The meats are also steam-marinated, so that the chicken soaks up all that flavour. It’s a process that takes at least five hours, so much so that Sabidah starts her day at 5am to ensure that the chickens are ready to go by the time the shutters go up.

Another thing that sets Pergh!Chicks apart? Its signature — an Instagrammable nasi kukus volcano dish (from S$9.50), which incorporates Malaysian-style nasi kukus (steamed rice with curry).

Nasi kukus volcano with chicken cutlet. Photo: Zachary Tang/HungryGoWhere

The rice, sauce and meats are contained within a cylindrical metal can before being served. Diners then gingerly grasp the can’s edges, lift it from the plate, and voila! The sauce cascades out, much like a volcano.

And, since Singaporeans love their spice, Afiq hopes to create several sauces with varying levels of spice, to cater to different tolerance levels, in future.

Besides that, there are also souped-up Ramly burgers — in the form of several types of wagyu beef burgers (from S$14) — as well as mentaiko fries (S$6.90) and even a creme brulee milk drink (S$7).

Afiq Irwan. Photo: Zachary Tang/HungryGoWhere

Afiq’s favourite? None of his signatures, actually, he says a little sheepishly. 

After years of cooking and serving ayam percik and Ramly burgers, he’s had more than his fill of them. The honey barbecued chicken chop (from S$5.20) is more his speed.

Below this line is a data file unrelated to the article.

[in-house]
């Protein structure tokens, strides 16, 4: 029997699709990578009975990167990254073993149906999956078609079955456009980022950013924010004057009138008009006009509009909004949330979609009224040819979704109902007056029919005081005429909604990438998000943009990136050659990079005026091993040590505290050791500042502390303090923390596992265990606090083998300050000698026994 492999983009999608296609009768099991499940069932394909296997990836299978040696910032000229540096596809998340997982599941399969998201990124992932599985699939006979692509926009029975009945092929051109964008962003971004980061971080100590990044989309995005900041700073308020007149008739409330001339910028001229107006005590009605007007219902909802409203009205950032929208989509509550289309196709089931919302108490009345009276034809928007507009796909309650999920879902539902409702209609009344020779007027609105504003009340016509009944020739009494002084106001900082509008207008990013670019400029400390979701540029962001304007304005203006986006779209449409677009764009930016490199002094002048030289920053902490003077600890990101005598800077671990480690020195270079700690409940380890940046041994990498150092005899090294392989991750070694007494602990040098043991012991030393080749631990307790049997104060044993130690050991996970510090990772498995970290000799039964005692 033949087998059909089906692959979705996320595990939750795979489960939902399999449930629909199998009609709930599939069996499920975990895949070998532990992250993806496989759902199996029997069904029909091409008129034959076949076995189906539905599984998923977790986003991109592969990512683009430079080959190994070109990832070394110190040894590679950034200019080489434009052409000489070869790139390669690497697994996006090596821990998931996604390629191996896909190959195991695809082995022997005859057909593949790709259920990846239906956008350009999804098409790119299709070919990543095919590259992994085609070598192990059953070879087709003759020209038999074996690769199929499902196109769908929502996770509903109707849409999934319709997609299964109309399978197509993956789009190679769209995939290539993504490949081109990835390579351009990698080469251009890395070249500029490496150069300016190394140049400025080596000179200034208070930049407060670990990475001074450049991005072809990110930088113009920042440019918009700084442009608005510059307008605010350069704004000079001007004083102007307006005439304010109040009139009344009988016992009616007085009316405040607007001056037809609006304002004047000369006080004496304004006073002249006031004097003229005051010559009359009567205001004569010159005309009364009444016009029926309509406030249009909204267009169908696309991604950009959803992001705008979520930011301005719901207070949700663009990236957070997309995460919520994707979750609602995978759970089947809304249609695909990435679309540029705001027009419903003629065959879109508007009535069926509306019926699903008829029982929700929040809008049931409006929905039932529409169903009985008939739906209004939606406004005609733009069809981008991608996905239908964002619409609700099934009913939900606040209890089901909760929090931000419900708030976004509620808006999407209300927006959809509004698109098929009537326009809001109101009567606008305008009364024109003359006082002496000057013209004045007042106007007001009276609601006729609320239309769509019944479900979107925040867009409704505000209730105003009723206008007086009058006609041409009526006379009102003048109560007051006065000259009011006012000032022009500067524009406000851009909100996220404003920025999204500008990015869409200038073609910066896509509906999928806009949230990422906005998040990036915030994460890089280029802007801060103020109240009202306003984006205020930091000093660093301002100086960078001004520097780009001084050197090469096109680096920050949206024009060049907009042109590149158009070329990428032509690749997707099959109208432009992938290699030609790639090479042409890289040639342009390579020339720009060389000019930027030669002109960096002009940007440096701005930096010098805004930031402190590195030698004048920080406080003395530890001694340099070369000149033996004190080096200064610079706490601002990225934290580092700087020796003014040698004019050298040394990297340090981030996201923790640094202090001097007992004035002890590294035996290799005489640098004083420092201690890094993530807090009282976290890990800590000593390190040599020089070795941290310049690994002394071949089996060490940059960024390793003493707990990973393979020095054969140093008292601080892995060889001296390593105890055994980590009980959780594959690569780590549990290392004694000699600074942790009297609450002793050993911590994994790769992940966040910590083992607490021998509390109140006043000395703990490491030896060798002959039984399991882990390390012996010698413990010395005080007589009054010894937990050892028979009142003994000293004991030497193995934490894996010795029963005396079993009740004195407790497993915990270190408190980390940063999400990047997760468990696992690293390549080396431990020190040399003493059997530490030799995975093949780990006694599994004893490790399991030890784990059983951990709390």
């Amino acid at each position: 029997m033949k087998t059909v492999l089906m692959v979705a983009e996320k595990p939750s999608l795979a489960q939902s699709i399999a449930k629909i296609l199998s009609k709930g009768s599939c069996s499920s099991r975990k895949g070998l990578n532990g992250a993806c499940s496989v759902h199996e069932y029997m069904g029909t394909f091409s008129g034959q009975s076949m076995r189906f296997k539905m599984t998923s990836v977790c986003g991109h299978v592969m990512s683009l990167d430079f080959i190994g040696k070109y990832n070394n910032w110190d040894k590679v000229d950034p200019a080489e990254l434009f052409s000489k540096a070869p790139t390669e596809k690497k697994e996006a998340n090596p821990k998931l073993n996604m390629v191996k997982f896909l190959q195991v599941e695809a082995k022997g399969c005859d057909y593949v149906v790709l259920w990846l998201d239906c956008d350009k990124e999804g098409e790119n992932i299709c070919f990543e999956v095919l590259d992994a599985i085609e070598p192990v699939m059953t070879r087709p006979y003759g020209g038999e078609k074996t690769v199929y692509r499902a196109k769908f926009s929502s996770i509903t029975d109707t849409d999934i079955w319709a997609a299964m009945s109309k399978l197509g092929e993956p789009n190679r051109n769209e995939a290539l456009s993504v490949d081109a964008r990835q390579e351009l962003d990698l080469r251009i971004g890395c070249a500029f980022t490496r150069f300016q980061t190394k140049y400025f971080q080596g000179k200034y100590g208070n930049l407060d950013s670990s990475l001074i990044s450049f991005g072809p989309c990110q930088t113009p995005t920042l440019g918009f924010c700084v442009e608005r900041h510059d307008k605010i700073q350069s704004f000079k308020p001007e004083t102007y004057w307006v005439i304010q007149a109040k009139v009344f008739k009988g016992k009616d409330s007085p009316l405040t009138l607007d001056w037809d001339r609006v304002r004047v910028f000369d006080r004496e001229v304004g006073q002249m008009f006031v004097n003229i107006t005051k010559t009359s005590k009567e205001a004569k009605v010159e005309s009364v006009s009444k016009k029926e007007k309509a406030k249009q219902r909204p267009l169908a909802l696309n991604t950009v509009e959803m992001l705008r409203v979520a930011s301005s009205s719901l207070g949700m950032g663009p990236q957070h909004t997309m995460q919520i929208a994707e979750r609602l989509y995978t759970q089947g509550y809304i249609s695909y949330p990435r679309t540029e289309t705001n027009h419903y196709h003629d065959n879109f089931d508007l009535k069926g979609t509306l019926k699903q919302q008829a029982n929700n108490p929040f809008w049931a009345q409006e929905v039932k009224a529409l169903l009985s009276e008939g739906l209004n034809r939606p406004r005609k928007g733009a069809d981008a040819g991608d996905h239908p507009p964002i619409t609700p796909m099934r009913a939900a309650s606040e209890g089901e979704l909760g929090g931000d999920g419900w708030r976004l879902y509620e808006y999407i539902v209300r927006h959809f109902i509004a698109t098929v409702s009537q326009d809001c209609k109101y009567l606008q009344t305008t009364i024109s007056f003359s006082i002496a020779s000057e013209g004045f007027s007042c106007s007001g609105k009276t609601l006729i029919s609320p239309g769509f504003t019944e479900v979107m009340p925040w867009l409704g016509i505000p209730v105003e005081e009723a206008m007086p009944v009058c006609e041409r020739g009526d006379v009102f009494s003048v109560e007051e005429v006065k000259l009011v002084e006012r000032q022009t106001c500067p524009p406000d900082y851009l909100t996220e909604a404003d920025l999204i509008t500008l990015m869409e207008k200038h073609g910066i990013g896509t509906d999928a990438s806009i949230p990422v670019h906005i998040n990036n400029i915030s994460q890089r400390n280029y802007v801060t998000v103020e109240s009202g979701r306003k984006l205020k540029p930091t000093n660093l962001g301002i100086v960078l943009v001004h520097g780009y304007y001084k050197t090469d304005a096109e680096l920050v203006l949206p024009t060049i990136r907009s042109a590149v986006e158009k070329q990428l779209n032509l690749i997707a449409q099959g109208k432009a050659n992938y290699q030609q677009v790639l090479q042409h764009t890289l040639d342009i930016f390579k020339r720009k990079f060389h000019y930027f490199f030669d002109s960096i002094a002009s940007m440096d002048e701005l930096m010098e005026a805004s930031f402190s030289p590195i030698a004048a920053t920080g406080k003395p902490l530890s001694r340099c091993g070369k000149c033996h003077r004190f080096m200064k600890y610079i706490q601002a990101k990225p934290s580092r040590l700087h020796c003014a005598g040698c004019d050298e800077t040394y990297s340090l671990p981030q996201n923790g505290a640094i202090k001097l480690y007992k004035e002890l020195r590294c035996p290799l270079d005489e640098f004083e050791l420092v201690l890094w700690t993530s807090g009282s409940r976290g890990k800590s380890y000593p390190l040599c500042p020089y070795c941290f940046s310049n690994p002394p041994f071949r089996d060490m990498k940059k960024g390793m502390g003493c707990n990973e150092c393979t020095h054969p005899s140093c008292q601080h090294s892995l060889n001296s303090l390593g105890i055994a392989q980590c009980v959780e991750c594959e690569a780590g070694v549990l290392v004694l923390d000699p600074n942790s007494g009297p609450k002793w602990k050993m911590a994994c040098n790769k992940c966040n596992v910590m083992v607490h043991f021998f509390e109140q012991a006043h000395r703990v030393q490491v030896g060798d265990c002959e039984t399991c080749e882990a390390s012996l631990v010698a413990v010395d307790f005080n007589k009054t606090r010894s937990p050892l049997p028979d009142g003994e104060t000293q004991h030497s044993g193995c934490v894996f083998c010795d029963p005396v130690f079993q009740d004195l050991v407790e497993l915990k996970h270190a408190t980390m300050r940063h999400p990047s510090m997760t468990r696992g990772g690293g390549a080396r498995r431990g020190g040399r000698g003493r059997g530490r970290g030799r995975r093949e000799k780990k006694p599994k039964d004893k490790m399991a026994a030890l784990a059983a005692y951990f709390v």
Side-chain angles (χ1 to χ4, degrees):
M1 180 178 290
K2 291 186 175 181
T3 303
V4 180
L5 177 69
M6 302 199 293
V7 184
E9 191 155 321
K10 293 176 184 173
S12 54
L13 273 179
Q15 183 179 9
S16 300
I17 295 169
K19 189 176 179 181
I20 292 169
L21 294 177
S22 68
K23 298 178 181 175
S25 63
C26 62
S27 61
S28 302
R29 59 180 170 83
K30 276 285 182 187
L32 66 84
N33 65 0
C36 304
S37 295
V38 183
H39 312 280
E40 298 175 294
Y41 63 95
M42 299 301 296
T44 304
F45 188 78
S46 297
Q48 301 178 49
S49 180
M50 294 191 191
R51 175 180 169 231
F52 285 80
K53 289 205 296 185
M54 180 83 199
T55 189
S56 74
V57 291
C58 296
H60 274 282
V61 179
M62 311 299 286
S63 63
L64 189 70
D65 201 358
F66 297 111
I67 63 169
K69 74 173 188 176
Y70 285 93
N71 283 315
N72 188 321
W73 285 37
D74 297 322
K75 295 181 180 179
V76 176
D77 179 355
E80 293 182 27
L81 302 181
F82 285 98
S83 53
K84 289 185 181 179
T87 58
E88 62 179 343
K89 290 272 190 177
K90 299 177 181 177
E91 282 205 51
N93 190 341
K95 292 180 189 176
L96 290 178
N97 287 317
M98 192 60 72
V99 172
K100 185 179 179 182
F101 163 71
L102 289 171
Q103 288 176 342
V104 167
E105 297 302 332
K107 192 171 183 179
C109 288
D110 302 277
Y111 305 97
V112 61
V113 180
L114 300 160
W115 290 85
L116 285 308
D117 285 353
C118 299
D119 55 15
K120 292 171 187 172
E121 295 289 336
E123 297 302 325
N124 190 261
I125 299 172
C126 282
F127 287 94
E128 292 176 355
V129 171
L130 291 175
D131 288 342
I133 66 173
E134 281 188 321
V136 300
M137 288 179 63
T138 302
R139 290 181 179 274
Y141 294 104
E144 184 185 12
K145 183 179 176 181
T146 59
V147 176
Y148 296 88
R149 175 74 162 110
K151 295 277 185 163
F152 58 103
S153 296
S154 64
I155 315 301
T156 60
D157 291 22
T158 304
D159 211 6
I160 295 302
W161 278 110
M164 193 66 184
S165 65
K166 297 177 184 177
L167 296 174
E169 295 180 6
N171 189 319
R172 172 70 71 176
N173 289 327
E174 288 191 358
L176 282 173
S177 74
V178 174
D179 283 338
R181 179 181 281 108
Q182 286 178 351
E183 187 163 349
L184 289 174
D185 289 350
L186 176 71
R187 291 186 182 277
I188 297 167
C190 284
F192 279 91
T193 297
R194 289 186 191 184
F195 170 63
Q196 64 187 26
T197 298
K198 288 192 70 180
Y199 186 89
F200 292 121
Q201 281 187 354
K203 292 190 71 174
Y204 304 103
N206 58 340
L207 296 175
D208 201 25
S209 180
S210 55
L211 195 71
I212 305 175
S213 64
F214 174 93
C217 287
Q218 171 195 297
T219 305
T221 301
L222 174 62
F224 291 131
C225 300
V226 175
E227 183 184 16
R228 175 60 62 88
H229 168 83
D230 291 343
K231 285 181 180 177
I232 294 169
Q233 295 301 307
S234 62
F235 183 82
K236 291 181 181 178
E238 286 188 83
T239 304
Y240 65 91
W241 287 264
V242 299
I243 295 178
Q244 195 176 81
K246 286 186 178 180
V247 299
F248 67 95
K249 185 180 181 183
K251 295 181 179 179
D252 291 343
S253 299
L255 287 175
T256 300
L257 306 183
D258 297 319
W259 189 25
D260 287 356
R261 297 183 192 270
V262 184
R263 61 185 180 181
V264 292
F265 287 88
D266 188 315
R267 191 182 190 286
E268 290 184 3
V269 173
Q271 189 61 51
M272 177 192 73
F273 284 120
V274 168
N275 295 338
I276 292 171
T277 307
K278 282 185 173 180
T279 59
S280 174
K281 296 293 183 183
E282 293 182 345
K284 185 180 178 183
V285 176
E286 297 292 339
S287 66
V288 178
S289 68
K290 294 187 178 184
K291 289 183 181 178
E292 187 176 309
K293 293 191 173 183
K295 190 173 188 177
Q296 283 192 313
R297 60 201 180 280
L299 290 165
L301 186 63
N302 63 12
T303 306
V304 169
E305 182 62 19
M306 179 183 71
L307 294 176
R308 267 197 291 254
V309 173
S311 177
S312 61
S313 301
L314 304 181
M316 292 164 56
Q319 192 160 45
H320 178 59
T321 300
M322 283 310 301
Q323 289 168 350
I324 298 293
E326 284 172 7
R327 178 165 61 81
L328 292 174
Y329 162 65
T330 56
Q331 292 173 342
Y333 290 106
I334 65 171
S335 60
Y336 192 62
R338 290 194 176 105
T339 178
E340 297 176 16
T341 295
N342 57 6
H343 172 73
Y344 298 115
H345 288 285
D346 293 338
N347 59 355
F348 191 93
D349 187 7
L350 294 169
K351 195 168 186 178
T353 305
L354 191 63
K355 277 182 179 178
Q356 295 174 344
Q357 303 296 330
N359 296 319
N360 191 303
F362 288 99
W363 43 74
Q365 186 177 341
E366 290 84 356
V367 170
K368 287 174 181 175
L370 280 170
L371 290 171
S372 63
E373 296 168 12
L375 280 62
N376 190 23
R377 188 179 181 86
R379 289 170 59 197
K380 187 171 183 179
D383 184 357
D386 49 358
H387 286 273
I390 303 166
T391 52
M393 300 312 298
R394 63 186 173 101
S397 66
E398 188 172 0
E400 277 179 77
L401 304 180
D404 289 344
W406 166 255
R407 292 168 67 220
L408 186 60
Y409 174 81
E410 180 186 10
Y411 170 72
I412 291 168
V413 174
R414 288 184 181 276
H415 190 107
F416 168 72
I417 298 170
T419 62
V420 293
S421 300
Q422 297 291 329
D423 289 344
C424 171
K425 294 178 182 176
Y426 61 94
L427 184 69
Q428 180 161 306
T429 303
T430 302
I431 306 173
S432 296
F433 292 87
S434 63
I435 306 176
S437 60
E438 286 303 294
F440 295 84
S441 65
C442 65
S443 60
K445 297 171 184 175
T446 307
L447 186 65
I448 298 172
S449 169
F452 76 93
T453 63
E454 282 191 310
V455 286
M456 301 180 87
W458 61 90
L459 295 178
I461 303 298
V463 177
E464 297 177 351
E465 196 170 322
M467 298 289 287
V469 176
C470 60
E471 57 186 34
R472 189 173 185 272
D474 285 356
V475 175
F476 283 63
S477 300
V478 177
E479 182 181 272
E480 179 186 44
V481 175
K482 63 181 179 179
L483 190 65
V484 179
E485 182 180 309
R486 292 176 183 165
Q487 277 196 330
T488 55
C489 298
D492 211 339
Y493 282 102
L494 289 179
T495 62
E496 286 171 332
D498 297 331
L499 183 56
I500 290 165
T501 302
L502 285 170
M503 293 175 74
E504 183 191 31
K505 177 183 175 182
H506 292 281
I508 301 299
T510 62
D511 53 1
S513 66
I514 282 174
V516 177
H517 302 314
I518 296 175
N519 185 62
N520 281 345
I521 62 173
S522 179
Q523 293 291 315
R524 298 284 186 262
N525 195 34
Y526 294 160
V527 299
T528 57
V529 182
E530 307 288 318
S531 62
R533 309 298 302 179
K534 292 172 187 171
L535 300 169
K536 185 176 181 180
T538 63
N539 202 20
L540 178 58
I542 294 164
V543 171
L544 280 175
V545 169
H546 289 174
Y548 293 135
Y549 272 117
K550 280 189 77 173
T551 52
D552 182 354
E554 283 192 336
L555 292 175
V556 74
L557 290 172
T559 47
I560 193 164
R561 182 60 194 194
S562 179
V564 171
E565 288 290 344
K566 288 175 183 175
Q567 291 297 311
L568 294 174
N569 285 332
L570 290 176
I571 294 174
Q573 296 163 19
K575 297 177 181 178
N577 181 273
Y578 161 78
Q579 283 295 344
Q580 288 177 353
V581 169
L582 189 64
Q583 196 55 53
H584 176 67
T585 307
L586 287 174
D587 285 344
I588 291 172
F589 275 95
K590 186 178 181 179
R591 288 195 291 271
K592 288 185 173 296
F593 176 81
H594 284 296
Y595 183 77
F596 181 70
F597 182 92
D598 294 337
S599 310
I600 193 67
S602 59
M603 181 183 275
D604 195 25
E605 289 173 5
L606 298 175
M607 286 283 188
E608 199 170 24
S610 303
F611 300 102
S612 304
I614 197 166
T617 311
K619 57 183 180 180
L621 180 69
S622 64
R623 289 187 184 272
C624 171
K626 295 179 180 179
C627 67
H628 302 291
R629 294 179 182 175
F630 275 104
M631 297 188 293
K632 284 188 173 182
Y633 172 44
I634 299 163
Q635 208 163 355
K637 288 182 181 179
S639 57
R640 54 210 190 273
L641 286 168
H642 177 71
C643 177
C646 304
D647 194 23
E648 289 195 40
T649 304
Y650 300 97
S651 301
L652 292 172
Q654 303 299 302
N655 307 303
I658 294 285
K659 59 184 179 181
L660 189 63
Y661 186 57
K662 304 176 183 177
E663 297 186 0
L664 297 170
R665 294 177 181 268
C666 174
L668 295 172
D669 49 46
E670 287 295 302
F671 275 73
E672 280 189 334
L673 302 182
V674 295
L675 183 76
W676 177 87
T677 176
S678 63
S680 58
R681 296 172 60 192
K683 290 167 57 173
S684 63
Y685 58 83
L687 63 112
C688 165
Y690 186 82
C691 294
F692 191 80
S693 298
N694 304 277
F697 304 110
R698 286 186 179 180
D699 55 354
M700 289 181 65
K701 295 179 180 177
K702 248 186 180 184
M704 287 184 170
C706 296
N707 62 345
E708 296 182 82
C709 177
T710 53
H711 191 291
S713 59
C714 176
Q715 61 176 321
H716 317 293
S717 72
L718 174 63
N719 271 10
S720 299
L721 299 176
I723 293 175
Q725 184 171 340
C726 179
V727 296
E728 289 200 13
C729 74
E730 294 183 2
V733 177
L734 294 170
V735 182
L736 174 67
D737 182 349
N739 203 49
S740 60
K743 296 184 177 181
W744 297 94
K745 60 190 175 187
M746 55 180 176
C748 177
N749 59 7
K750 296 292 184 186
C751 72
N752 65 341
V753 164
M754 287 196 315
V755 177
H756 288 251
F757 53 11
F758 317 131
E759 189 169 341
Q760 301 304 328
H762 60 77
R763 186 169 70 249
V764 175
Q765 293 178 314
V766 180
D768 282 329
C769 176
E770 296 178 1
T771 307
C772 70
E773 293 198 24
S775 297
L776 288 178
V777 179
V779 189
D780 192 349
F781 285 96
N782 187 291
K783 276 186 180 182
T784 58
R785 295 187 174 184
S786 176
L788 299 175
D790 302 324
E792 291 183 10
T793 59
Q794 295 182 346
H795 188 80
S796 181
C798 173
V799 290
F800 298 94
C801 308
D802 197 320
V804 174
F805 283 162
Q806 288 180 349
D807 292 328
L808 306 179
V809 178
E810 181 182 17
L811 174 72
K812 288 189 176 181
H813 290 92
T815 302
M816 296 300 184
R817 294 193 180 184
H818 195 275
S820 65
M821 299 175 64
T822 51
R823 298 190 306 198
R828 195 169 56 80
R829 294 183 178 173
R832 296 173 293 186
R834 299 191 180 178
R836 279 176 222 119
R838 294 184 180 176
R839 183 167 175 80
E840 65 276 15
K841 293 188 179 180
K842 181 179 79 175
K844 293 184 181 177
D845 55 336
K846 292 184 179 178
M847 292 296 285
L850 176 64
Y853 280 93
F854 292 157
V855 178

Regardless, he hopes to share the joys of ayam percik with more people.

“With a lot of modern food coming up, people tend to forgo traditional food, which is the root of our culture,” he says.  

“We really hope that our customers support us in preserving this traditional cuisine and share it with other parts of the world.”

It’s Afiq’s hope to start another stall in the east in the coming months, and possibly expand into Malaysia down the track.

Pergh!Chicks is on the GrabFood delivery service. Alternatively, book a ride to its stores.

For more features on young F&B entrepreneurs, read about Western eatery The Flying Pan and Peranakan stall Nyonya Pok Pok Kay.  


23 Bali Lane
Nearest MRT station: Bugis
Opens: Tuesdays to Sundays (11am to 9.15pm)

Tang Tea House, 414 Jurong West Street 42
Nearest MRT station: Lakeside
Opens: Mondays to Sundays (1pm to 9.45pm)

23 Bali Lane
Nearest MRT station: Bugis
Opens: Tuesdays to Sundays (11am to 9.15pm)

Tang Tea House, 414 Jurong West Street 42
Nearest MRT station: Lakeside
Opens: Mondays to Sundays (1pm to 9.45pm)

Foo Jia-En

Foo Jia-En


Jia-En has worn several hats in her career — first writing TV scripts, then food and lifestyle stories at Wine & Dine. But some things will never change: Her love of words, cats and caffeine.

Read More
Scroll to top